Apple is making good on their recent bitcoin policy shift, with a new bitcoin wallet app appearing for download in the iOS App Store.
The ‘Coinpocket’ app is described by its developer as a wrapper for a previously available open source HTML5 version, this time with full access to the camera hardware for QR code scanning.
While its feature set is fairly basic, Coinpocket allows users to do anything they could do on previously-available iPhone wallet apps like Coinbase and Blockchain, which had gone some time without updates before being subsequently removed from the store. The company updated its policy last week to include ‘approved’ digital currencies.
The new app also has a function to sweep private keys into the wallet, useful for quick transfers of funds from other wallets, and the ability to generate a BIP38 encrypted version of the private key (though the latter appears to take a long time, with some users reporting crashes).
Otherwise, Coinpocket offers simple send and receive functions and three different sources for current bitcoin price information.
With Apple now approving bitcoin wallets, the race is on for developers to create and submit more fully-featured apps for the mobile OS that still has a significant market share in some of the world’s richest markets.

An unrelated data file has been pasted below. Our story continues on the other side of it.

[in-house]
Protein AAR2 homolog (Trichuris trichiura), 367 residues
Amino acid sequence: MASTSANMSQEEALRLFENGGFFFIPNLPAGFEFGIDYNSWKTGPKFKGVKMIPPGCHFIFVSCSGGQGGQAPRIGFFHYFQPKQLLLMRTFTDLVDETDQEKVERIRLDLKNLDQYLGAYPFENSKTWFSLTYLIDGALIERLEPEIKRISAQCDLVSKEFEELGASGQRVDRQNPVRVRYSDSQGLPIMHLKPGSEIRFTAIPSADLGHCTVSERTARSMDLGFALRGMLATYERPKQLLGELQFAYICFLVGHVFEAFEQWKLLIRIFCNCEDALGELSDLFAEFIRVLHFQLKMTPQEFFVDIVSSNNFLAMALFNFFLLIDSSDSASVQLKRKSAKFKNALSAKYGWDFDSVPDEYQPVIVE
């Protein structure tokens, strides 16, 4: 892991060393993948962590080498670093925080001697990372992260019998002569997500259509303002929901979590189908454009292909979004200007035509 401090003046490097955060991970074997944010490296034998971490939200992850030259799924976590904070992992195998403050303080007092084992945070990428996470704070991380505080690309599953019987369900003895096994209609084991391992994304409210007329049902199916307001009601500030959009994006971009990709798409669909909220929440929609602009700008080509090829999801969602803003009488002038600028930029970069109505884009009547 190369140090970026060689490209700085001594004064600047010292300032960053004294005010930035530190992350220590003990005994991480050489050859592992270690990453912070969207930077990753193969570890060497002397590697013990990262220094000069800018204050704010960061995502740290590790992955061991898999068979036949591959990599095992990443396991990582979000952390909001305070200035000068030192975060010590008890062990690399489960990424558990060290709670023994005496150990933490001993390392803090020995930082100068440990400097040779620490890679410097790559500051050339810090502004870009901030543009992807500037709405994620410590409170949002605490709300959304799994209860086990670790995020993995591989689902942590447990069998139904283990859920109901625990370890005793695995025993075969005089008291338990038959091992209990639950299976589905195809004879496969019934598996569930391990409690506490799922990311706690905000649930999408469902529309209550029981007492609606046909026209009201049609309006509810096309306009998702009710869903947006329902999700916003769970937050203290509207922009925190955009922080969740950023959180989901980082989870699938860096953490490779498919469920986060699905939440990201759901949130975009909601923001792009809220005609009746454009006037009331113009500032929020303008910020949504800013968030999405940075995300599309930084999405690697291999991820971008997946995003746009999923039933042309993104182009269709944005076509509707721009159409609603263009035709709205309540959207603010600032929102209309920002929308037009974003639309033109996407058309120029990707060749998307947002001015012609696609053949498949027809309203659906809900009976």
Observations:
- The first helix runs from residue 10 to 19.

Users of previously popular apps, like Blockchain’s which was downloaded over 120,000 times before being blocked, will now look forward to updates bringing their functionality closer to that of their Android cousins.
In-app bitcoin purchases
It’s not just wallet apps finding new approval from Apple. Others have appeared that allow bitcoin purchases from within the app, which also appear to avoid Apple’s 30% share of all in-app purchase amounts rule.
The eGifter app now allows users to purchase its gift cards directly with bitcoin, making the dream of spending bitcoins for Walmart purchases via an iOS device, unlikely just a week or so ago, is now a reality.
The first iOS app to allow in-app bitcoin spending was the simple betting game Betcoin, which appeared almost immediately after Apple’s announcement. Its developer, Omri Cohen, said it was partly an experiment to test what Apple would allow, and was actually submitted before Apple’s change of heart to a more favorable bitcoin attitude.